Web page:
How can the OS running programs only from repositories?

I hope the programs running is installed from repositories, that would keep me far away from malwares or viruses, but linux (or Windows) allows any programs and processes running, even it is unknown. Is it a hard work to avoid unknown programs or processes from executing?

It is most likely user discipline and education.

  • Don‘t click anything in mails like „ We found 145 security issues on your PC. Click HERE to remove them now for free. 100% secure!!!“
  • install software only from official distribution sources
  • think twice before clicking anything on the internet
  • keep your system up to date to always have the latest security patches
  • use sandboxing when using unknown/strange software
  • don‘t disable security functions of your distribution as long as you are not 200% sure what you are doing (firewall, AppArmor, …)
  • use brain.exe :wink:

@jusjun:

  • Never, ever, read e-Mail or, browse the Internet, with a user who has administrator privileges.
    Such as, the user “root” …

  • Consider using the Spam filter at your e-Mail Service Provider – login to the Web interface of your e-Mail Service Provider and check in “Settings” …
    If you e-Mail Service Provider doesn’t offer a Spam filter, consider installing a Spam filter on your Linux e-Mail Client.

  • Trust the separation of User and System processes inherent in UNIX® and Linux systems.

  • Make use of User Groups with related login Users to isolate specific tasks from one another.
    UNIX® and Linux are inherently multiple user systems with the ability to strictly separate the Users in any given (User) Group from, the Users in another specific (User) Group.

No, just iOS like in iPhone only allowed running apps in official repositories.

I am not sure what you mean with “apps”.

But when there is an executable file on a Unix/Linux system, the allowance to execute it by a user is the permission bit for execution (the x-bit, and the corresponding w-bit is also needed) corresponding with the user (read about file ownership by user and group and the permission bits that go with it).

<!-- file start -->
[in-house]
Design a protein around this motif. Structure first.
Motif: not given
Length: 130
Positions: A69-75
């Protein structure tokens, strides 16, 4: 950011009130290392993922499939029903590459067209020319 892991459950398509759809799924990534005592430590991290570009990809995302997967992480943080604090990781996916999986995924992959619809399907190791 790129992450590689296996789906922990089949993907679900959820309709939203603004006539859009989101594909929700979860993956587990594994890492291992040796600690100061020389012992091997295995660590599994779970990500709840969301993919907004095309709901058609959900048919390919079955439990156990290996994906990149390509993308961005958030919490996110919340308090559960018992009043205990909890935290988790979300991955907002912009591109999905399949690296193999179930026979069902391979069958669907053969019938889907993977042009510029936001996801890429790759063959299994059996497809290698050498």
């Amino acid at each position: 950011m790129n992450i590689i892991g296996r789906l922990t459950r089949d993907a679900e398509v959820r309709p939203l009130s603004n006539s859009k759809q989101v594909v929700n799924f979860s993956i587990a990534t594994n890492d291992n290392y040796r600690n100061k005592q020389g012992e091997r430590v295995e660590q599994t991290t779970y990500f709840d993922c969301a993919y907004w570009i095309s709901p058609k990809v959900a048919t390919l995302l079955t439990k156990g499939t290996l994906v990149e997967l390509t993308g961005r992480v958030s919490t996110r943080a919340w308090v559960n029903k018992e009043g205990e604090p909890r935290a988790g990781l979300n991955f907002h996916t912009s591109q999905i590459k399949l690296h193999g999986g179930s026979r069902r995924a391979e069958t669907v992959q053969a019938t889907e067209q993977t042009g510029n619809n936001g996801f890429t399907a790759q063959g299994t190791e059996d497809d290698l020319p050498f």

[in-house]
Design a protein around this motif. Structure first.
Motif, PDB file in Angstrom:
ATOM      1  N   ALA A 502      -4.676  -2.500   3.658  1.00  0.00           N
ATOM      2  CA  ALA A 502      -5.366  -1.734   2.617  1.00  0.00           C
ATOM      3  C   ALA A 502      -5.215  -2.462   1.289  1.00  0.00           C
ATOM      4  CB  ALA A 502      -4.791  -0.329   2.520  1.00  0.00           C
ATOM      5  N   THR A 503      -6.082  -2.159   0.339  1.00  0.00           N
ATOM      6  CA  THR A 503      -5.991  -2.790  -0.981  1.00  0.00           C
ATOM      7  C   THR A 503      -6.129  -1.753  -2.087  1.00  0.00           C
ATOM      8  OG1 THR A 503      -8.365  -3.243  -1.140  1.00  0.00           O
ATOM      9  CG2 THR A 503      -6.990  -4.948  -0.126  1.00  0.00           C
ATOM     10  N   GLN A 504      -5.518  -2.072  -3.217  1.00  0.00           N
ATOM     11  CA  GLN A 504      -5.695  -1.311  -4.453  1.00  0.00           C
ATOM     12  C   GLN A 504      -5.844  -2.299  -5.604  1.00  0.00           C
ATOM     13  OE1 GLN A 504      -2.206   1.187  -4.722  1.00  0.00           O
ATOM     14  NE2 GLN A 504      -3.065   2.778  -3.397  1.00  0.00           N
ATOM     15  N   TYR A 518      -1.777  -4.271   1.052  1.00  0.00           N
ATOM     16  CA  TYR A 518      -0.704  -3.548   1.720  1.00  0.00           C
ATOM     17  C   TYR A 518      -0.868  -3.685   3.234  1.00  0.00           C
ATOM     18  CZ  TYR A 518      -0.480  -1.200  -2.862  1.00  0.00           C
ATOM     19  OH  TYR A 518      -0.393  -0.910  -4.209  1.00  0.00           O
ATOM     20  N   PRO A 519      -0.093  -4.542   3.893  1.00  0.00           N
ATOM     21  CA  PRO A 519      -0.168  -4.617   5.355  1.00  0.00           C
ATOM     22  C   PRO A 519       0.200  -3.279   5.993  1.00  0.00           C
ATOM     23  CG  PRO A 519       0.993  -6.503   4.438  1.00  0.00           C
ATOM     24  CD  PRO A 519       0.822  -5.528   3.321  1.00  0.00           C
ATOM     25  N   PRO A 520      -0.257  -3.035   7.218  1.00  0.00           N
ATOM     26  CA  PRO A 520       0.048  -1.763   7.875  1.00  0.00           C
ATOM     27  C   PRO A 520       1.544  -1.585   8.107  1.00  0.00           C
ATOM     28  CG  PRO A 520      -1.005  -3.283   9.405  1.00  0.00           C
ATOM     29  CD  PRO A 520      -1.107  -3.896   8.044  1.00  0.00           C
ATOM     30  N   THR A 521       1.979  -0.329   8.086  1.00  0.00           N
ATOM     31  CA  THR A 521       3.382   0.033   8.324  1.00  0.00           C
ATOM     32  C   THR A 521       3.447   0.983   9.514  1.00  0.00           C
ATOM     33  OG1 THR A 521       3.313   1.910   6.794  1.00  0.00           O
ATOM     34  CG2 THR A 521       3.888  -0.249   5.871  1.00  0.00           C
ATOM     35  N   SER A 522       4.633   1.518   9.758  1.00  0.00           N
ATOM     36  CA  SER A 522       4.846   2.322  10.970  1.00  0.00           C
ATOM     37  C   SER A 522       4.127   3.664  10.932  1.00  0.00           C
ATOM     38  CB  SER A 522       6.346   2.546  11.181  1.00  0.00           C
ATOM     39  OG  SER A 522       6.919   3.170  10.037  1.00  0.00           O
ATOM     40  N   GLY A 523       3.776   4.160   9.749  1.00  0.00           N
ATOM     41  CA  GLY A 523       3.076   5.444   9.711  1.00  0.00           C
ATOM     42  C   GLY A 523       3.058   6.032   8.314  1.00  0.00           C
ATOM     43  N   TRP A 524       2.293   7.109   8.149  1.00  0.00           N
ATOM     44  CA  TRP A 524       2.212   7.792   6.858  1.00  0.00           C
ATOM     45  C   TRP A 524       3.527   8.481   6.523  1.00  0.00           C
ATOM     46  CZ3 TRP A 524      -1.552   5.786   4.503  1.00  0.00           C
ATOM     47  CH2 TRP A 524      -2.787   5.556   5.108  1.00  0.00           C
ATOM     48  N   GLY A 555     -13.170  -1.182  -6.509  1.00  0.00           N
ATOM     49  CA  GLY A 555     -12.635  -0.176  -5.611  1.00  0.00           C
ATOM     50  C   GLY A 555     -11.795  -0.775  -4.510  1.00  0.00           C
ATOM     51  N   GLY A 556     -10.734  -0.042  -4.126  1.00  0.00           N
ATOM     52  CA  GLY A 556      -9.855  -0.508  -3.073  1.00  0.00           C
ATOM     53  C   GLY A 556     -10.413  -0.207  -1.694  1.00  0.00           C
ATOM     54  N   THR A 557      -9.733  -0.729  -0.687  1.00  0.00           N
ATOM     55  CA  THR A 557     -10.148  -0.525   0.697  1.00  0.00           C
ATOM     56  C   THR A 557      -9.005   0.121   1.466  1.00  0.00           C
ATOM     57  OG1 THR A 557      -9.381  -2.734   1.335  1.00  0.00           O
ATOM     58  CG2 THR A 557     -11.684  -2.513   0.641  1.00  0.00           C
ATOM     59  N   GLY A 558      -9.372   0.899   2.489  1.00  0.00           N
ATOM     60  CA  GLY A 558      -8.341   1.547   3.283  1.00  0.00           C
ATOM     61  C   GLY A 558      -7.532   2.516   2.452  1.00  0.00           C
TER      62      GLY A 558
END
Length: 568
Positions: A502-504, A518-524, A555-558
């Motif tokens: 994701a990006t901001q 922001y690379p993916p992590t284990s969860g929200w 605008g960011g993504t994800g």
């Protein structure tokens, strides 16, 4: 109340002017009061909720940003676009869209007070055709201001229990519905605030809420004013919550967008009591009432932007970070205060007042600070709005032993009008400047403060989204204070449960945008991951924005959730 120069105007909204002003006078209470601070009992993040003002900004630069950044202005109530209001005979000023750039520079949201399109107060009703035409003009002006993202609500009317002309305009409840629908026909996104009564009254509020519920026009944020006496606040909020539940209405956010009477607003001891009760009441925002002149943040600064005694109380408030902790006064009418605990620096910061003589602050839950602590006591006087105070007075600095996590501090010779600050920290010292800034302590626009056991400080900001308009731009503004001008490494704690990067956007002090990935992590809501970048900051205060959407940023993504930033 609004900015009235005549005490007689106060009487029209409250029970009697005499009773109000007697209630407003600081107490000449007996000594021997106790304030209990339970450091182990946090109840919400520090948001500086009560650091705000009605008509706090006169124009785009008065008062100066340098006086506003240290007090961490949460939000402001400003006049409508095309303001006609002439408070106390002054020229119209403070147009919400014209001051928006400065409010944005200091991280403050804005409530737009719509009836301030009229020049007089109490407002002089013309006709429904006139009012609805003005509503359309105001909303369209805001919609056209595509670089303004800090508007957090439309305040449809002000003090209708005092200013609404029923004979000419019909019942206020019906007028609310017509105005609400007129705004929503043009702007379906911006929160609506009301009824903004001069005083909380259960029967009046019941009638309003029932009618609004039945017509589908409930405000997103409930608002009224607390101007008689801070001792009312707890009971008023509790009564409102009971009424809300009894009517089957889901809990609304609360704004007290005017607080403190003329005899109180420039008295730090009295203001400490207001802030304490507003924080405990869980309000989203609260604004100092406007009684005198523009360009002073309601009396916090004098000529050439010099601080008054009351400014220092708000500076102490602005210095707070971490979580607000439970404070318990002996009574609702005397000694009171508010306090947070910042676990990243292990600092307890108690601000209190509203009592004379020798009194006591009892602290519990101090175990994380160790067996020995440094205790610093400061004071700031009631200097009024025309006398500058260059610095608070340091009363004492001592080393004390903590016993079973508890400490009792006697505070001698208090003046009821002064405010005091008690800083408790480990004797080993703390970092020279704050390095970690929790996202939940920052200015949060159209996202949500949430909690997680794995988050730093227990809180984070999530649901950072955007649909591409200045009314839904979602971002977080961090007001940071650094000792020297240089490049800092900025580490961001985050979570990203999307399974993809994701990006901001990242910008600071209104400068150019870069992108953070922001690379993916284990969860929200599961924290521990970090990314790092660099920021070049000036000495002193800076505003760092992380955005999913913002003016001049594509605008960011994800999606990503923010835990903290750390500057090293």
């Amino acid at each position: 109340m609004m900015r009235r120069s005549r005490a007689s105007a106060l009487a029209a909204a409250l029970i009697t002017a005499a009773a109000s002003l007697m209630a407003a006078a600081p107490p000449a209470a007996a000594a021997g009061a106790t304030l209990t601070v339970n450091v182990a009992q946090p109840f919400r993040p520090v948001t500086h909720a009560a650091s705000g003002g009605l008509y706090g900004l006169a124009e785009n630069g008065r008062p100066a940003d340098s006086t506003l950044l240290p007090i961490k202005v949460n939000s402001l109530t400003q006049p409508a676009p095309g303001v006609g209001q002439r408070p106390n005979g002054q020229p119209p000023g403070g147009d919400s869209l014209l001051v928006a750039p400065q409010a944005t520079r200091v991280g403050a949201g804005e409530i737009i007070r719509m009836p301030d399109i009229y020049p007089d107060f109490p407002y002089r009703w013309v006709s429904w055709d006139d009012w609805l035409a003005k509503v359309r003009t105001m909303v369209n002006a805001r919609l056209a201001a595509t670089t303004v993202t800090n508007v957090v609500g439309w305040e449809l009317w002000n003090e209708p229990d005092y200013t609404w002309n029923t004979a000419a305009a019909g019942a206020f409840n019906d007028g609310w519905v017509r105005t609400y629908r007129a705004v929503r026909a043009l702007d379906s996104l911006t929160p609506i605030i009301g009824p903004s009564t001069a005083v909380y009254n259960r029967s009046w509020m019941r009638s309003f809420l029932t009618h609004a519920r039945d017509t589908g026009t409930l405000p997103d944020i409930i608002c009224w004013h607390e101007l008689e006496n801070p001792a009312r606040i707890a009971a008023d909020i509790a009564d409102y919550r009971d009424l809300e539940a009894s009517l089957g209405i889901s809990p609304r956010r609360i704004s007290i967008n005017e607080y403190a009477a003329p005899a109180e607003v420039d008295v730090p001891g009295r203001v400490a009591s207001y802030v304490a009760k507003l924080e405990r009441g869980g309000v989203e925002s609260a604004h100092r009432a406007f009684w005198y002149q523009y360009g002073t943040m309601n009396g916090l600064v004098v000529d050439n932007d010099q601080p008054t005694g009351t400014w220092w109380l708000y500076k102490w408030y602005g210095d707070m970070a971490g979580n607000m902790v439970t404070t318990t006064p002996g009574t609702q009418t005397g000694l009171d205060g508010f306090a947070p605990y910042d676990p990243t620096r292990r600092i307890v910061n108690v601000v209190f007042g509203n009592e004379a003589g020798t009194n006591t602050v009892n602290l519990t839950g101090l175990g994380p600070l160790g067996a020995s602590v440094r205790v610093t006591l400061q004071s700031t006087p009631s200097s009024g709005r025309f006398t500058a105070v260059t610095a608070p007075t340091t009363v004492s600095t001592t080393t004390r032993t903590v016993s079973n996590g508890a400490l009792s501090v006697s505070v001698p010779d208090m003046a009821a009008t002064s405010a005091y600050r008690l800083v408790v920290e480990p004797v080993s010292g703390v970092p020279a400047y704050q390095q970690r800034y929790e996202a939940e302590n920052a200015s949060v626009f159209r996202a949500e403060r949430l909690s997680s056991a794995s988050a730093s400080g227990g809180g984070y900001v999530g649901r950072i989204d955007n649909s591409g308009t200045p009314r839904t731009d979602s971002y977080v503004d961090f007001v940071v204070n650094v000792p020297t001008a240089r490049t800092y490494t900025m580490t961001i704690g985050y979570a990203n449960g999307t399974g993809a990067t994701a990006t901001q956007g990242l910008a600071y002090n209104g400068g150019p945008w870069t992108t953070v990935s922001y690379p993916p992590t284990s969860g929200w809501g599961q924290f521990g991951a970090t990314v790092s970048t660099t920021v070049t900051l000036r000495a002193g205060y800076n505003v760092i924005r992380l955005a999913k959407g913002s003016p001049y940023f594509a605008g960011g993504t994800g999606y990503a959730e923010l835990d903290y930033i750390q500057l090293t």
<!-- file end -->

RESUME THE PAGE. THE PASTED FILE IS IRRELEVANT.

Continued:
As system manager you are the one responsible for the installation of programs on the system. When you do not want programs being usable on the system that are not installed from repositories, then do not install those programs (e.g. no direct download of scripts or binaries, no building of tarballs, etc.). And BTW, you can of course also restrict programs being installed (by yourself as system manager) in the system from certain repositories (e.g. non “standard” ones), by simply not adding those repositories to your repolist.

As system manager it is however rather difficult to block your users from downloading executables into their own directories (within their home directory), setting the x-bit for the owner and then execute them. Likewise it is very difficult to block users from creating programs themselves. It only needs an editor to create e.g. a bash script and execute that.

I have no idea about that environment, but the above is how Unix/Linux works.

Thanks to your answer to hui, it’s now more or less clear as to where your thoughts are heading –

  • Yes, in the past, UNIX® and Linux were quite immune to unwanted influences to any given system’s behaviour.
    Apart from the fact that, any given user is able to execute whatever they wanted to, within their privilege area –
    The area where their UID and GID allowed them to read and write files –
    «For the case of UNIX® and Linux, “everything is a file” … »
    And, UNIX® began as a tool to aid scientific research within Bell Labs – therefore the scientists were allowed to read and write whatever they wanted to within their storage area …

Fine, but, the world has moved on and, currently Linux desktops are moving towards “The user shall be allowed to install whatever they want to.” – without any intervention by a system administrator …


So, as far as Linux is concerned, we have two situations –

  1. Systems (usually servers) where only the system administrators are allowed to install or remove applications.

  2. Systems (usually desktop systems) where the system’s user is allowed to install or remove applications as they want to – but, only within their user space …

For the second case, please note that, the “user” is singular …

Further, for the second case, it’s a single user system with only that user’s data stored on it –

  • If it breaks (due to the user’s behaviour), re-install it …

Bottom line:

Yes, UNIX® and Linux are inherently secure and reliable systems but, we can’t “save the world”.

  • If any single user introduces something terrible to the system then, that user’s data is in danger and, may well be destroyed.